One of the health systems that has recently offered major sign-on incentives is Providence in Renton, Wash. In September, the health system announced $1,000 bonuses for all caregivers, referral bonuses of up to $7,500 and sign-on bonuses for 17,000 positions. 

The Providence perks were designed “to reward, retain and recruit,” amid a lack of staff and rising numbers of COVID-19 patients. Though the perks may be successful at attracting more workers, Tyler Kissinger with the National Union of Healthcare Workers says those workers won’t stay for long unless underlying issues are addressed.

“Hospitals were chronically understaffed before the pandemic. Short-term bonus programs might help get more workers hired, but they won’t stay if the hospital is chronically understaffed and their patients aren’t getting the care they need,” Mr. Kissinger said.

Mr. Kissinger is an organizing coordinator with the NUHW in Northern California, focused on Providence hospitals located in Sonoma and Napa counties. He believes incentives like sign-on and referral bonuses only go so far, and improving the workplace itself is key to attracting and retaining employees.

“The only way to sustainably attract and retain workers is to increase staffing to sustainable levels so healthcare workers don’t burn out trying to do everything they can to care for their patients,” Mr. Kissinger said. “Healthcare workers get into this field because they want to help people get better. When they see hospitals skimp on staffing, while paying their CEOs millions of dollars, it’s disheartening, and it results in people leaving.”

The same week Providence announced their incentive programs, a Gallagher survey reported a 75 percent increase in average hourly rates for agency RNs nationwide, rising from $75 pre-pandemic to more than $130 in September 2021. Despite the major increase in pay, the national RN vacancy rate stood at 19 percent, more than double pre-pandemic levels. To find enough nurses, 75 percent of healthcare organizations are turning to agency and travel RN companies.

“We’re seeing major healthcare chains like Providence rely more heavily on travelers and hiring bonuses. That’s not a sustainable solution,” Mr. Kissinger said. “The sustainable solution for hospital chains like Providence is to change their business model to focus less on profit and more on providing care, and that starts with hiring more caregivers and making the work more manageable so more people will enter and stay in the field.”

Other healthcare unions such as the Illinois Nurses Association signaled their full support for sign-on bonuses to boost critical staffing levels, but say these types of incentives may be sustainable for health systems because they aren’t necessarily spending more to fund them.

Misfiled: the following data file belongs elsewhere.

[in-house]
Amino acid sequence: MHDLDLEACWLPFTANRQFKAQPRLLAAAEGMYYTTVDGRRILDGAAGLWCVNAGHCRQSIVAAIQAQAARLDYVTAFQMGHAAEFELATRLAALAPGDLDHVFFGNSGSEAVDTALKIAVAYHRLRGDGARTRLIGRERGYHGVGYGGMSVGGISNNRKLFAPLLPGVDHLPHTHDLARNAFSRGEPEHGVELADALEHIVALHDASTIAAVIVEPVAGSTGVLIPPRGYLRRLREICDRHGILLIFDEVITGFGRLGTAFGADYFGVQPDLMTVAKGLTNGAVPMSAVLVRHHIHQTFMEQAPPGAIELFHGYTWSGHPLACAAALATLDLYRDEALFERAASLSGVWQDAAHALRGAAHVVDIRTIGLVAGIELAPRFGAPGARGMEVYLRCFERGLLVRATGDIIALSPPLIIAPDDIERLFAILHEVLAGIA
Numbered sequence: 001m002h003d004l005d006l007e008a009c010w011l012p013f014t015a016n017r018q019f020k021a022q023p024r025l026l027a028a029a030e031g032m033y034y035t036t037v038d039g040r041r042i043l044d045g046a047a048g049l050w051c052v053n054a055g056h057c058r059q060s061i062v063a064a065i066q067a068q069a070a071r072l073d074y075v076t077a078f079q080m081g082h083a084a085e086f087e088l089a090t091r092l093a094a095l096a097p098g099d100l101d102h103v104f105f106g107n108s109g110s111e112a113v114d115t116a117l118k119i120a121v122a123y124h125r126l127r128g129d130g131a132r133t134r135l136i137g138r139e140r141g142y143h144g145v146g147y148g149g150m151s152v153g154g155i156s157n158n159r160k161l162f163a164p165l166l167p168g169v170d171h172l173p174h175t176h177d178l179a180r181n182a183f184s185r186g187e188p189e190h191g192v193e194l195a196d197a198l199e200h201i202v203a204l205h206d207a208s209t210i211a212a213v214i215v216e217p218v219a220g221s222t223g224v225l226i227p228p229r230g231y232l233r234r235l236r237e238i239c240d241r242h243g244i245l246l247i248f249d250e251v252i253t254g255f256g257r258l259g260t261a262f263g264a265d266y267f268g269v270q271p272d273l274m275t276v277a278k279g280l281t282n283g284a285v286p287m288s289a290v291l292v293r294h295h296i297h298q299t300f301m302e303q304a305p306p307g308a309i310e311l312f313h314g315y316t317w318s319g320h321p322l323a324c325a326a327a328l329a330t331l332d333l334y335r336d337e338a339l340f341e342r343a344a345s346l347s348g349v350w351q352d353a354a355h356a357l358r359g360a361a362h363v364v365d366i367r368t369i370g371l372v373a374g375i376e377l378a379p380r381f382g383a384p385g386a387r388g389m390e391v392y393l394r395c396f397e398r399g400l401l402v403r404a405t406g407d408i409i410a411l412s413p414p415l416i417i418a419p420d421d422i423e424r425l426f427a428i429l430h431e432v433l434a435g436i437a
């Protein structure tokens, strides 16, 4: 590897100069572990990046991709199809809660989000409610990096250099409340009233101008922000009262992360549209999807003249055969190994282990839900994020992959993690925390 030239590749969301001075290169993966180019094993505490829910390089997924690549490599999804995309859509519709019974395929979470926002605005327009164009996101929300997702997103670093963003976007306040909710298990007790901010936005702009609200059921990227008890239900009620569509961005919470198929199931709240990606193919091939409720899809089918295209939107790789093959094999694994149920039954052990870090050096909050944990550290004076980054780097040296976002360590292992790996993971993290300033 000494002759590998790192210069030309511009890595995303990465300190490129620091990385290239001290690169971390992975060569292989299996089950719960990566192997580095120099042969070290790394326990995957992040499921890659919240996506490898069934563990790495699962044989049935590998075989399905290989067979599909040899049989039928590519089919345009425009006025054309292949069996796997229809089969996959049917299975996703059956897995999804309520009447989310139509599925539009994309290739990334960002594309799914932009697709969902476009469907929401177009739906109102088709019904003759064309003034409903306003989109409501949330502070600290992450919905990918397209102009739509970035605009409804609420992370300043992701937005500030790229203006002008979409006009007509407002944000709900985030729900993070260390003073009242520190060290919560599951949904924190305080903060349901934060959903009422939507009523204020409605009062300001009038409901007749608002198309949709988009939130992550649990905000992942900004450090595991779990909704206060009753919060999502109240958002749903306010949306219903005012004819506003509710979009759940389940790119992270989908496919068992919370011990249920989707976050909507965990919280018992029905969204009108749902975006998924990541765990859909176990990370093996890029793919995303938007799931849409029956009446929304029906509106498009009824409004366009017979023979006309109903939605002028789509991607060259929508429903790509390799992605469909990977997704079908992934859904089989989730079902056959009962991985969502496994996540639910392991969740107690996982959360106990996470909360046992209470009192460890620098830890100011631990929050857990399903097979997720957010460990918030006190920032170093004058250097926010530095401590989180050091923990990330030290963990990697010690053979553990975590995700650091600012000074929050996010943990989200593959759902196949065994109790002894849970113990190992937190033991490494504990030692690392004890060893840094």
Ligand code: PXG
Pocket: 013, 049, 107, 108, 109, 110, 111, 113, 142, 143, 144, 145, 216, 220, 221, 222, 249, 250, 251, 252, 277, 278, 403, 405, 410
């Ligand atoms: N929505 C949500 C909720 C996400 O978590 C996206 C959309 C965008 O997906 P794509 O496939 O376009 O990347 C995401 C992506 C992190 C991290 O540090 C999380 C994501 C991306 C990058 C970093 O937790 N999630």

“INA understands and supports hospitals that offer signing bonuses to attract nurses if these are used as part of a comprehensive and fair compensation strategy that treats nurses with respect and dignity,” an INA spokesperson said. “All too often, we have found that these bonuses replace compensation and benefits that could be used for senior nurses who have worked several years for institutions that have not treated them well, especially during the last two years.”

It’s a sentiment shared by Mr. Kissinger, who says nurses and physicians may be offered major sign-on bonuses, increased pay and benefits like child care subsidies, but support positions won’t be offered nearly as much, if at all.

“At Providence hospitals, we’ve secured better wages for many workers in certified and licensed positions, but Providence has so far refused our proposals to increase pay for lower-paid workers such as housekeepers, nursing assistants, transporters and kitchen staff,” Mr. Kissinger said. 

Reducing or sunsetting other expenses

Dr. Fitzpatrick of Kaufman Hall said the focus is now on creating a robust pipeline of staff, whether it’s professional staff, technical staff or entry-level staff. One example of how organizations are doing this is through partnerships with higher education to train students and then move them to employment. Ms. Samaris said some places are also creating simulation labs that imitate a real hospital setting for community colleges to train their students.

Another example is through “shadow traveler” programs, or internal travel nursing, Ms. Samaris said. This gives nurses the opportunity to travel within the system for slightly higher pay, rather than forcing them to move to an external agency. Pittsburgh-based UPMC is among the organizations using this approach.

Ms. Samaris added that hospitals are enacting strategies to lower costs in other areas. This includes optimizing staffing in the areas that need it most, analyzing where there is a duplication of services and creating partnerships with other organizations to offer services, like behavioral health or home health.